Buyers being sued for failing to complete on apartments in Belfast's Titanic Quarter are to claim they simply have no money, the High Court has been told.
Several of the 12 customers confirmed they will be entering a defence of ‘impecuniosity’ in the action brought by developers. A test case has now been listed to determine whether being bereft of cash can shield them from the proceedings.
Titanic Quarter Ltd, owned by Dublin-based firm Harcourt Developments, is seeking orders for specific performance to compel the defendants to honour their side of the deal.
The firm issued writs against customers who signed up to apartments in the flagship site but are now struggling to secure finance.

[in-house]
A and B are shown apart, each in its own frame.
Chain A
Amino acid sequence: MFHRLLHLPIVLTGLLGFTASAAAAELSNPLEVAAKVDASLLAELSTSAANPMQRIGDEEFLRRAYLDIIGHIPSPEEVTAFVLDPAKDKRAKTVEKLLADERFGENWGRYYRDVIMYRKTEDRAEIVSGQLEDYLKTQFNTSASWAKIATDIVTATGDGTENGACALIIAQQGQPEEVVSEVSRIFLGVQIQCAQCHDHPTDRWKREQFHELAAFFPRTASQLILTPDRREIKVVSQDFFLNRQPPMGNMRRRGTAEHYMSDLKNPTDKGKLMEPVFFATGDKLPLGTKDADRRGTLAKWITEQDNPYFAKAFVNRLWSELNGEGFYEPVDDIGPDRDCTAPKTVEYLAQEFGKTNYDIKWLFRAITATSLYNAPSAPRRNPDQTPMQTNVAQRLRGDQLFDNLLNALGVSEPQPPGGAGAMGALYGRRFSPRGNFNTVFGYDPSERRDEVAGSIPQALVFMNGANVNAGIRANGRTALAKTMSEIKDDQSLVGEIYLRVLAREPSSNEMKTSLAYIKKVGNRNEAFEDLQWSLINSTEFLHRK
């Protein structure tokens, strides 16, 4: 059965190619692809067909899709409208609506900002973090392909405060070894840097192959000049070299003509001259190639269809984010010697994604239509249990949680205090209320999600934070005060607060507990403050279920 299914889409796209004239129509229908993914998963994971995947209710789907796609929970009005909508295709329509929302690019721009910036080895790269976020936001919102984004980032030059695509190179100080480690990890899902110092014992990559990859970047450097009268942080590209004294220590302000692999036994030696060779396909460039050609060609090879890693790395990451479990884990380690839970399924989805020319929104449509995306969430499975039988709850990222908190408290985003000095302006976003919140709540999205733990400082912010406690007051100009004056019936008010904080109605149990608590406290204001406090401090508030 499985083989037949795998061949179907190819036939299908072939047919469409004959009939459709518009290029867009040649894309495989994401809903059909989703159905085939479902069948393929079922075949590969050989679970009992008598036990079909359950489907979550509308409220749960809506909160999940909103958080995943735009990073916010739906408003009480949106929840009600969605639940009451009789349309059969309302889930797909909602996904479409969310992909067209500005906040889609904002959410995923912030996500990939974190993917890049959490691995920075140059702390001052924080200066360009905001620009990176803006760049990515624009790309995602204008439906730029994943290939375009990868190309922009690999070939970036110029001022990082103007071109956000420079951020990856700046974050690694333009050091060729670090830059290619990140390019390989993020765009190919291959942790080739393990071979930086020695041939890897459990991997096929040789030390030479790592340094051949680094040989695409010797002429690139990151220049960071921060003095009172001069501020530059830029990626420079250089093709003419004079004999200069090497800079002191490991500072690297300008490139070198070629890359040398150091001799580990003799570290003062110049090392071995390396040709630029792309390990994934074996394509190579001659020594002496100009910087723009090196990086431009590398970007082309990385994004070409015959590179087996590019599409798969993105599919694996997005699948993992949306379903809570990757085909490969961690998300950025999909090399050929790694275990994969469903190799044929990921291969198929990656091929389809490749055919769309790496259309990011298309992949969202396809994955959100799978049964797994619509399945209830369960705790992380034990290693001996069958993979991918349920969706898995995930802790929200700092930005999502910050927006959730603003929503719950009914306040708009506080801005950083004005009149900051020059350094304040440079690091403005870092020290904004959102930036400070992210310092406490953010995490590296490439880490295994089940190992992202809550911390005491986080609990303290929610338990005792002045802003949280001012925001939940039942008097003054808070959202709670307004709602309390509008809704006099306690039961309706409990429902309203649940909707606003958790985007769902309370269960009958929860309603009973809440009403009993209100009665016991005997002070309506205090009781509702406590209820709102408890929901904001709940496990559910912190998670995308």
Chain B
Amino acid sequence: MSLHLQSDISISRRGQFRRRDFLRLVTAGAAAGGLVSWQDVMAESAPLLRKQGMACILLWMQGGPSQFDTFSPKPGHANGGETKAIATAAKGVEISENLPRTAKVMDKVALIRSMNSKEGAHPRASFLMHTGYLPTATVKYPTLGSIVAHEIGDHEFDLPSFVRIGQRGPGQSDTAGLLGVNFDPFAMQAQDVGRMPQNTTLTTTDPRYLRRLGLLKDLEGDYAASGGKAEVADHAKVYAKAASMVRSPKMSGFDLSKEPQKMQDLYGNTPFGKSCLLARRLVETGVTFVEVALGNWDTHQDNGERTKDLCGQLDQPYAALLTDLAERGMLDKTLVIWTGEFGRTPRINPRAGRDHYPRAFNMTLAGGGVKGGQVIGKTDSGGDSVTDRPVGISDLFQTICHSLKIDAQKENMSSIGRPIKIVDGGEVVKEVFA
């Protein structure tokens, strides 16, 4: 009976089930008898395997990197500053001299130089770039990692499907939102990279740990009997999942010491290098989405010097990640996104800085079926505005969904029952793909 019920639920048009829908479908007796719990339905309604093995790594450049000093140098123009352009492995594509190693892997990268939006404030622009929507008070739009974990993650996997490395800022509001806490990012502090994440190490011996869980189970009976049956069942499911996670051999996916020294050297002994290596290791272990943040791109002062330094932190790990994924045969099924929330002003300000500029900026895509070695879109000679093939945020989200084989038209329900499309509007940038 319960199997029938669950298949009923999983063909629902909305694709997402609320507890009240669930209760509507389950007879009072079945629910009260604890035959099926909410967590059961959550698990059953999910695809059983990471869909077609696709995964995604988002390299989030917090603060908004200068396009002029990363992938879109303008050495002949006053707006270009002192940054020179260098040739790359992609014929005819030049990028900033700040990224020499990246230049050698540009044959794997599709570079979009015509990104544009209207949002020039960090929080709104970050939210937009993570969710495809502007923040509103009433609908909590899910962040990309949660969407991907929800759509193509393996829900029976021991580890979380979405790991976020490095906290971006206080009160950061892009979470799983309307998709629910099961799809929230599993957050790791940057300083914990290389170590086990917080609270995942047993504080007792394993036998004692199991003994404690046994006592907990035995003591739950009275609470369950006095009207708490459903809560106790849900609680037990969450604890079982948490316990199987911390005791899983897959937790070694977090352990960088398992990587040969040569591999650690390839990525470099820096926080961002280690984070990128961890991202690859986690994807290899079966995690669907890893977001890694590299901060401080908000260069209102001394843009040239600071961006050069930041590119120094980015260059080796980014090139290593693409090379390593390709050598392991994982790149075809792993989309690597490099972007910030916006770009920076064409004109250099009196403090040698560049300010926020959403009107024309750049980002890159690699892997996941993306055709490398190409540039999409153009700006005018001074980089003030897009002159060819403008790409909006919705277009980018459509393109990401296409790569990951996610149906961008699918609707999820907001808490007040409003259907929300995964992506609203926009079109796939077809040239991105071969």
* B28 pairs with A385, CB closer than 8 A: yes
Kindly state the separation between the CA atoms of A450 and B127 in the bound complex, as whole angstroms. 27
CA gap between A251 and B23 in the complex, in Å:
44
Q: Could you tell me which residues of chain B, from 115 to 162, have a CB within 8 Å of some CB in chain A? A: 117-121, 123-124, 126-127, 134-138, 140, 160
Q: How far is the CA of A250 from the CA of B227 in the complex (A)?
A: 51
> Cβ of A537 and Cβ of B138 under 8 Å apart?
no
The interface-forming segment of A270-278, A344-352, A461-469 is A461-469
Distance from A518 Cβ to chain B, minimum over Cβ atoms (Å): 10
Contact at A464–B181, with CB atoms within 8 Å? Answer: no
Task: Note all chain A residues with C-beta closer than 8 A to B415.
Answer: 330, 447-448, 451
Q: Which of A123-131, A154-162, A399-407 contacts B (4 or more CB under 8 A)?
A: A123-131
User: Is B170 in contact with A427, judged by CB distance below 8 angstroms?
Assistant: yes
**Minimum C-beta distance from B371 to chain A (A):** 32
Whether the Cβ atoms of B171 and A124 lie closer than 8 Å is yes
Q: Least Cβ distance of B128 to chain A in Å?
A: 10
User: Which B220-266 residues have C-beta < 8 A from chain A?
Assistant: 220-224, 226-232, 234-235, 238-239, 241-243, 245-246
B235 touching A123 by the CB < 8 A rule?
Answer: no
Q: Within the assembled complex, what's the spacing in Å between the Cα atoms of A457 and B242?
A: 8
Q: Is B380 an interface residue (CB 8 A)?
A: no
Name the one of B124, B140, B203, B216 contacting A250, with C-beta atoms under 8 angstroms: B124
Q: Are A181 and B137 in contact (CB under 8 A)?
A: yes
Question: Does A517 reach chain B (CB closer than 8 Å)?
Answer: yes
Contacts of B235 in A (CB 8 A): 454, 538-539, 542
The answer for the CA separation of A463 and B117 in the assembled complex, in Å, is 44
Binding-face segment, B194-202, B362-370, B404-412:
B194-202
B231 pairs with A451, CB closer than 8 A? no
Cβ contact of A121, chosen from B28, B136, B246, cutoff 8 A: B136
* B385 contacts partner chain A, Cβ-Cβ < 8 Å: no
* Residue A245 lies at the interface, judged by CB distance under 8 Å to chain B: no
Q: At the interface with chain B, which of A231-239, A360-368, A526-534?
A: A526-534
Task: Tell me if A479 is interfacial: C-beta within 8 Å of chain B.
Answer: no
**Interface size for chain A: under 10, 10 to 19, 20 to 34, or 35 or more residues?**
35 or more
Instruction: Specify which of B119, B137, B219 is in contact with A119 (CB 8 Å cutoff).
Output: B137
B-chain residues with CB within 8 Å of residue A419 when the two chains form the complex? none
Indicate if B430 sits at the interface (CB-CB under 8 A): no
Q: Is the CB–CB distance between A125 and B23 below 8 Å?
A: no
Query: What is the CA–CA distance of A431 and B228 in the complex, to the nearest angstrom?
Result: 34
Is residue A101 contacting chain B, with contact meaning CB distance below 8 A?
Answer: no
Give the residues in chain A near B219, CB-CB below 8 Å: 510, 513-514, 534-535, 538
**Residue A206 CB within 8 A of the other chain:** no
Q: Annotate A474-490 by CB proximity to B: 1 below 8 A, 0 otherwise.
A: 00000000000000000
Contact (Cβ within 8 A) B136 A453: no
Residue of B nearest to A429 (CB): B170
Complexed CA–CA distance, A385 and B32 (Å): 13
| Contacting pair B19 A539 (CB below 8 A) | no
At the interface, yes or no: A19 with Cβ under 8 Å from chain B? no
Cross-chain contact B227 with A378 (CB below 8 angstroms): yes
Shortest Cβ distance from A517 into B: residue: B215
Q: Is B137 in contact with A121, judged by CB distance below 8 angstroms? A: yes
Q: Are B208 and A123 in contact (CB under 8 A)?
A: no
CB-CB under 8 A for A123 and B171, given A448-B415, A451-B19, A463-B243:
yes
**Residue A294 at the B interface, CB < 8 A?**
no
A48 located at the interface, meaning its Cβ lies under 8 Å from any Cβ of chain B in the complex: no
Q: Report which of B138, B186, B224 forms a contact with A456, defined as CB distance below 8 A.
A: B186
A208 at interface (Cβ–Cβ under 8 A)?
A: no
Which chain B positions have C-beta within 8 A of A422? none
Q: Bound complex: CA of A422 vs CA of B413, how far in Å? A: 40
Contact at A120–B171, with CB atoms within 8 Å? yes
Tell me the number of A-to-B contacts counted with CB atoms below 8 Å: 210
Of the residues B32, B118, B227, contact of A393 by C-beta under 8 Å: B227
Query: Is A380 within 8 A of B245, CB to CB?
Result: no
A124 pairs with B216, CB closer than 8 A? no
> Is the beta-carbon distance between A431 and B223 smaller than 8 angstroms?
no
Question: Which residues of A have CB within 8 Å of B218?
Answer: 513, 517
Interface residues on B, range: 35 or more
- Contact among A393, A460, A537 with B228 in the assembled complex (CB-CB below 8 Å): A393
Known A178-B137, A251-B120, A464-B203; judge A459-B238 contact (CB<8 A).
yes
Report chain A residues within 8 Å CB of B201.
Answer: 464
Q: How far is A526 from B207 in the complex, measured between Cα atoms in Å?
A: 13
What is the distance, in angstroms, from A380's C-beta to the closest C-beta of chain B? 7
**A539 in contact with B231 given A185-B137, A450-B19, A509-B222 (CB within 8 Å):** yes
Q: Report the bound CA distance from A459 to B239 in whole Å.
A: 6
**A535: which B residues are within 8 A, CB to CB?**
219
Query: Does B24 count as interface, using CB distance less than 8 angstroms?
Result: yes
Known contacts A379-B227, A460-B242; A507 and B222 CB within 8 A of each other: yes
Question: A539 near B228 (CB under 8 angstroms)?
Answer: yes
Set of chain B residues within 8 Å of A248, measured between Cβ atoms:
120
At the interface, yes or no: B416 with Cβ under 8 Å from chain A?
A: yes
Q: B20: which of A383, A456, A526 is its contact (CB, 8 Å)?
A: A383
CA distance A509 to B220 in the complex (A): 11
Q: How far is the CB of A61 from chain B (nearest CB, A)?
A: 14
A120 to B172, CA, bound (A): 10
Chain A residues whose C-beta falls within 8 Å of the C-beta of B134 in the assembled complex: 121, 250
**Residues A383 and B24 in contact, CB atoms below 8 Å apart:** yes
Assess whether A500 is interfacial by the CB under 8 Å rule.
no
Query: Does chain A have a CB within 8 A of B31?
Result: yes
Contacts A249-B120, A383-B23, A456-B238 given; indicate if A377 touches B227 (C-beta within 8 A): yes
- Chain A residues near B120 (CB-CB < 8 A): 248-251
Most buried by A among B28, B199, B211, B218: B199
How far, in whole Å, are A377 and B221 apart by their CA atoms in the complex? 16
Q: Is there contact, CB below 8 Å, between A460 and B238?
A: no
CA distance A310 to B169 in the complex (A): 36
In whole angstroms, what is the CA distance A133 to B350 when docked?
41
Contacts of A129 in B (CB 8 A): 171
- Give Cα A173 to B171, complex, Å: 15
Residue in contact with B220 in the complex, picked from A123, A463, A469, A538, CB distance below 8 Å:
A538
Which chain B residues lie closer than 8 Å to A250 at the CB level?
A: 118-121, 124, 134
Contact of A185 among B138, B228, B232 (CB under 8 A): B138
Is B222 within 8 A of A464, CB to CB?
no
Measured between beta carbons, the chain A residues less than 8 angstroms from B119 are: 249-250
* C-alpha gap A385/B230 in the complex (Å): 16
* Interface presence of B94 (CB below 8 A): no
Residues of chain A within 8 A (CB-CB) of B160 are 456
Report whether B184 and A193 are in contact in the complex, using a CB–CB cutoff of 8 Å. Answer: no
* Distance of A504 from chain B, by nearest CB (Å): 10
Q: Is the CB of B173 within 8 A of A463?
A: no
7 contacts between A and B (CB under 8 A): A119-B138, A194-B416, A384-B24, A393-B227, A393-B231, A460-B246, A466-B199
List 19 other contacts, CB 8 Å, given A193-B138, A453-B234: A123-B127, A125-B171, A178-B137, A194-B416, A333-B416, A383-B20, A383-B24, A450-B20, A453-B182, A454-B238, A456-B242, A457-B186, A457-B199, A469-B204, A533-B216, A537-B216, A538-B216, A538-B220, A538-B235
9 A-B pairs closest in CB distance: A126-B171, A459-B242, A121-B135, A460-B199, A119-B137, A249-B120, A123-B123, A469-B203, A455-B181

Proceedings were triggered by falling property prices which has left some clients unable to secure mortgages for sales agreed at the height of the market.
Although incentives have reportedly been offered in a bid to reach completion, agreements had proved elusive.
Since the lawsuit was launched a resolution has been reached with at least one defendant to complete on their purchase. But others have told of using family inheritances for deposits and being refused mortgage applications.
The judge in the case heard yesterday that customers — some of whom are representing themselves — are to rely on the impecuniosity defence.
Mr Justice Deeny agreed to hear arguments in one of them next month before giving a ruling which is expected to have implications for other defendants.
Titanic Quarter Ltd is one of a number of high-profile developers in Northern Ireland to bring cases over uncompleted contracts at new complexes in Belfast.
Lawyers for Big Picture Developments, who developed the Ormeau Bakery apartments, and PBN, who were behind the Woodlands Manor development, have been in the High Court regularly.